• The musical expression: Your musical expression should be natural and elegant when you play legato notes. You should avoid playing legato notes with a dull or flat sound that can lack emotion or interest. You should play legato notes with a singing or vocal sound that can convey emotion and interest.



Some examples of legato exercises are shown below. You can practice them at different speeds and dynamics.



13 ?44 b = 60 - 120 w ww ww ww ww ww ww ww w ww ww ww ww ww ww 14 ?44 b = 60 - 120 w ww ww ww ww ww ww ww w ww ww ww ww ww ww 15 ?44 b = 60 - 120 w www www www www www www www w www www www www www www


The high register security




The high register security is the ability to play high notes on the trombone with ease and confidence. It is challenging for many trombone players, but it can be improved with proper practice and technique.


To practice the high register security with Remington Warm-Up Studies, you should focus on the following aspects:



  • The air support: Your air support should be strong and steady when you play high notes. You should use more air pressure and less air volume for high notes. You should also use a faster and narrower air stream for high notes.



  • The lip aperture: Your lip aperture should be small and firm when you play high notes. You should use more lip tension and less lip vibration for high notes. You should also use a smaller and higher lip opening for high notes.



  • The mouthpiece placement: Your mouthpiece placement should be optimal and comfortable when you play high notes. You should avoid placing your mouthpiece too high or too low on your lips that can cause strain or fatigue. You should place your mouthpiece in the center of your lips or slightly higher, depending on your preference.



  • The mental attitude: Your mental attitude should be positive and relaxed when you play high notes. You should avoid being afraid or tense of high notes that can cause stress or failure. You should be confident and calm of high notes that can cause success or improvement.



Some examples of high register exercises are shown below. You can practice them at different speeds and dynamics.



44 b = 60 - 120 w w w w w w w w w w w w w w w 17 ?44 b = 60 - 120 w ww ww ww ww ww ww ww w ww ww ww ww ww ww 18 ?44 b = 60 - 120 w www www www www www www www w www www www www www www The relaxation principle




The relaxation principle is the idea of playing the trombone with ease and comfort, without any unnecessary tension or effort. It is crucial for playing with a good tone, technique, and expression.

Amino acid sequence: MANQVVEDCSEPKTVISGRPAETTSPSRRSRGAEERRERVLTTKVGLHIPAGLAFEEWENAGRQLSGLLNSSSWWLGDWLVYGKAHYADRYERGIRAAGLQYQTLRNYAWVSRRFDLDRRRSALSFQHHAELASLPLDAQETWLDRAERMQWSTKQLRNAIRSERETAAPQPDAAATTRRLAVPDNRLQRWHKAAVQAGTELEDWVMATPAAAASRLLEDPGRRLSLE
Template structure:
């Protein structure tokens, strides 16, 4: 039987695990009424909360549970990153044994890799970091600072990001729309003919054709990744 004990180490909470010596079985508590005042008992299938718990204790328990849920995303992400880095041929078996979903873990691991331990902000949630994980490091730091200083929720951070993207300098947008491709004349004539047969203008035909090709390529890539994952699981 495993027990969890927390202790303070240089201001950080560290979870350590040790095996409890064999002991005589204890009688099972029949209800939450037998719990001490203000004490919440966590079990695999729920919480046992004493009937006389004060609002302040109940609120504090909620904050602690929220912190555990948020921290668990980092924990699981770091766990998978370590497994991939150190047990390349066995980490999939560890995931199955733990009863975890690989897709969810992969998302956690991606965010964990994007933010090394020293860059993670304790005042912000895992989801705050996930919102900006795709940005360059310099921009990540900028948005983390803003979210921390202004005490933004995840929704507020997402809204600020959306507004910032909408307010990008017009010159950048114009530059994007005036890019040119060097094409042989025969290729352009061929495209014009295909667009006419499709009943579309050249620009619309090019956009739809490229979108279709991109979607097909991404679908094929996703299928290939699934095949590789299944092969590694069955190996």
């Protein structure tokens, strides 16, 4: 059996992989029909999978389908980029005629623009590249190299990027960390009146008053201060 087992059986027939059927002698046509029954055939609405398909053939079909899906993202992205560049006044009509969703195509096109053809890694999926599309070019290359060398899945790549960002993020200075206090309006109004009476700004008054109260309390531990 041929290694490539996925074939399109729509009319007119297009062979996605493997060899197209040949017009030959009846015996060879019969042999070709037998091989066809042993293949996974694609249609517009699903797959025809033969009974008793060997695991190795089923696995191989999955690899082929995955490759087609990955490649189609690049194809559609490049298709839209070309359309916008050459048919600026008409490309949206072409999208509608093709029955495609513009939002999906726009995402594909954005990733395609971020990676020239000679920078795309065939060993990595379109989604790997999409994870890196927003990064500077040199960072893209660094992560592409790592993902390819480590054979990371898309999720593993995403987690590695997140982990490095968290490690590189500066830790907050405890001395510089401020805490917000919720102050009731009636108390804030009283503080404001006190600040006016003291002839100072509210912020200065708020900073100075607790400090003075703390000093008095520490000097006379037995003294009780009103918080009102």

To practice the relaxation principle with Remington Warm-Up Studies, you should focus on the following aspects:



  • The body posture: Your body posture should be balanced and aligned when you play the trombone. You should avoid slouching or leaning that can cause poor breathing or sound. You should stand or sit straight with your feet flat on the floor and your shoulders relaxed.



  • The breathing mechanism: Your breathing mechanism should be natural and efficient when you play the trombone. You should avoid holding or forcing your breath that can cause pressure or fatigue. You should breathe deeply and freely from your diaphragm and use your abdominal muscles to control your air flow.



  • The embouchure formation: Your embouchure formation should be stable and adaptable when you play the trombone. You should avoid changing or tightening your embouchure that can cause inconsistency or strain. You should keep your embouchure firm but flexible and adjust it slightly according to the register and dynamic you are playing.



  • The slide motion: Your slide motion should be smooth and precise when you play the trombone. You should avoid jerking or slamming your slide that can cause noise or damage. You should move your slide with your wrist and elbow and use your fingers to grip the slide lightly.



  • The mental state: Your mental state should be calm and focused when you play the trombone. You should avoid being nervous or distracted that can cause mistakes or frustration. You should be confident and attentive that can cause improvement or enjoyment.



Some examples of relaxation exercises are shown below. You can practice them at different speeds and dynamics.



19 ?44 b = 60 - 120 w w w w w w w w w w w w w w w 20 ?44 b = 60 - 120 w ww ww ww ww ww ww ww w ww ww ww ww ww ww 21 ?44 b = 60 - 120 w www www www www www www www w www www www www www www


Where to find Remington Warm-Up Studies for Trombone




If you are interested in finding Remington Warm-Up Studies for Trombone, you have several options to choose from. Here are some of them:


The Accura Music editions




Accura Music is a music publisher that specializes in trombone music. They publish two different editions of Remington Warm-Up Studies for Trombone, one in manuscript form and one engraved by Donald Hunsberger.